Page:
More than half a century after its first show in Buenos Aires, Raphaël has redeployed his overwhelming force on this side of the Atlantic. The living myth of the song in Spanish was presented at the moon park in front of thousands of people to celebrate their six decades of career.
“Sixty years, it is said very quickly, but it must be sung”, he launched towards the end of a concert of more than two and a half hours and 33 songs. The 79-year-old artist was celebrated standing to applause and standing ovations from start to finish.
“I’m here”, pronounced the one who started singing at the age of four in the church choir and at nine years old already rewarded in Europe. He said so in the brief instrumental introduction to one of his hymns, “Yo soy qué”, a song from 1966, which was followed by other hits, “Ave Fénix” and “Igual (Crazy to sing )”.
In this new visit to the country, within his 6.0 tour, the legendary artist was a pure present. “Just as old as sincere, just as crazy, all the same. Like yesterday but fiercer, but more tender, with more truth. With more sweetness than poison and a bit of fear but still. Just as crazy to sing”, he intoned emphatically.
With great emphasis on iconic songs and the presence of some new songs, such as those produced during the pandemic and recorded in duets with names like Mon Laferte, Luis Fonsi or Luciano Pereyra, the show’s repertoire has been reinforced with the characteristic cocktail of gestures, expressions and other signs of Raphael’s scenic ritual.
In shiny black and with a fit voice, the artist lifted the audience from their seats with songs already immortalized by him and others. Thus came “To Live Like This Is To Die Of Love” and, later that night, several emblems of the Latin American songbook as well as the magic of some of its greatest anthems: “Digan lo que say”, which was a worldwide success. in 1968, “My big night”, the 1983 ballad “Provocation”, “I’m still that one (1985) or even “I will be reborn”, lyrics in the middle of which he remembered that his thing with the song comes from a boy.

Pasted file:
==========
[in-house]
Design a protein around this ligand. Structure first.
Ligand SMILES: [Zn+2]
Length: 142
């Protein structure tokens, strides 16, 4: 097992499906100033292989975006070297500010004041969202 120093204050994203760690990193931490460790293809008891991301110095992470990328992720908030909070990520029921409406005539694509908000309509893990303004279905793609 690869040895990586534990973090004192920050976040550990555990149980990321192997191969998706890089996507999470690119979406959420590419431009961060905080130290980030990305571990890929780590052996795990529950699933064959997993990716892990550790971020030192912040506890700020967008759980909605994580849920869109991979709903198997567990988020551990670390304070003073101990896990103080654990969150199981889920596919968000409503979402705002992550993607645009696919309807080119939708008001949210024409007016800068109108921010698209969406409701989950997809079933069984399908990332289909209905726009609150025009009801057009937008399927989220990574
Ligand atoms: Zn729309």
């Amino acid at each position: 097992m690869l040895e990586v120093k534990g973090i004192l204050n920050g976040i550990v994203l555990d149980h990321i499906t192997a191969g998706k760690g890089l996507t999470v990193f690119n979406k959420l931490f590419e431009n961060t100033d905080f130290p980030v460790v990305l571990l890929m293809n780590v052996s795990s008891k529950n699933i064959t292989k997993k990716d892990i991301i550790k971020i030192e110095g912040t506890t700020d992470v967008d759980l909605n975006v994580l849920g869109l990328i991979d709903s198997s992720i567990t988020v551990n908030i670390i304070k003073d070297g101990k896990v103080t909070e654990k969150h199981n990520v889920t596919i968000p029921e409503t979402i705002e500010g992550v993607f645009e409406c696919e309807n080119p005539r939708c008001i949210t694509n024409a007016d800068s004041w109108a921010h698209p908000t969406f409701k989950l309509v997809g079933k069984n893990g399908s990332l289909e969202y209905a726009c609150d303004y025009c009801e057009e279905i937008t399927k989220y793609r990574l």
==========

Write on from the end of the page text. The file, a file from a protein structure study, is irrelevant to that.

“How wonderful to be back in Buenos Aires. It’s a pleasure, an honor. Thank you for these 60 years that you have lived since the beginning of the story -yours-, a story that brought me back to Luna Park and to all of you, to all of Argentina”, shared the musician in one of his briefs, while moving, comments during the show.
Grand piano, guitars, drums, bass and percussion made up the group that accompanied the Latin artist who sold the most records in the history of music. Only a few, like AC/DC, Queen, Michael Jackson and Raphael, have reached the uranium record for selling millions of copies.
“I’m still the same, the Raphaël of always”, insisted the musician in a song. With “I was in love” (1966, from his album Canta), the ballad turns to rock to move on to tango with interpretations of classics like “Nostalgies” or “Malena” accompanied by piano. The local accent, in Raphael’s voice, resonated in the songs that once immortalized Chavela Vargas, like “Llorona”; Mercedes Sosa, in “Alfonsina y el mar” (theme recorded by the Spaniard in a version with Luciano Pereyra), and “Let no one know my suffering”, by Ángel Cabral.
Towards the end, Raphaël began to say goodbye with “En carne viva”, followed by “Resistiré”, a pandemic hit (from the original by Dúo Dinámico) recorded in a new version by the artist in the event of a pandemic . “I will resist, always,” the Spaniard sang again, leaving the lyrics of the song as various images projected behind his youthful image performing the songs that made him famous.
“What a beautiful night. I will always remember them. I hope we see each other every year, because this pandemic is not for us. It has been a real pleasure since I arrived in Buenos Aires for the first times and I had this reaction from the public until today, 60 years later”, he rejoiced.
Raphaël said goodbye with “I am that one” and reaffirmed: “I am here, here gentlemen”. He sang “Escándalo”, and “Como yo te amo” closed the evening. “Buenos Aires, Argentina, I love you so much,” said the performer, who then picked up a blue and white flag that had been thrown onstage, smiled, and waved goodbye.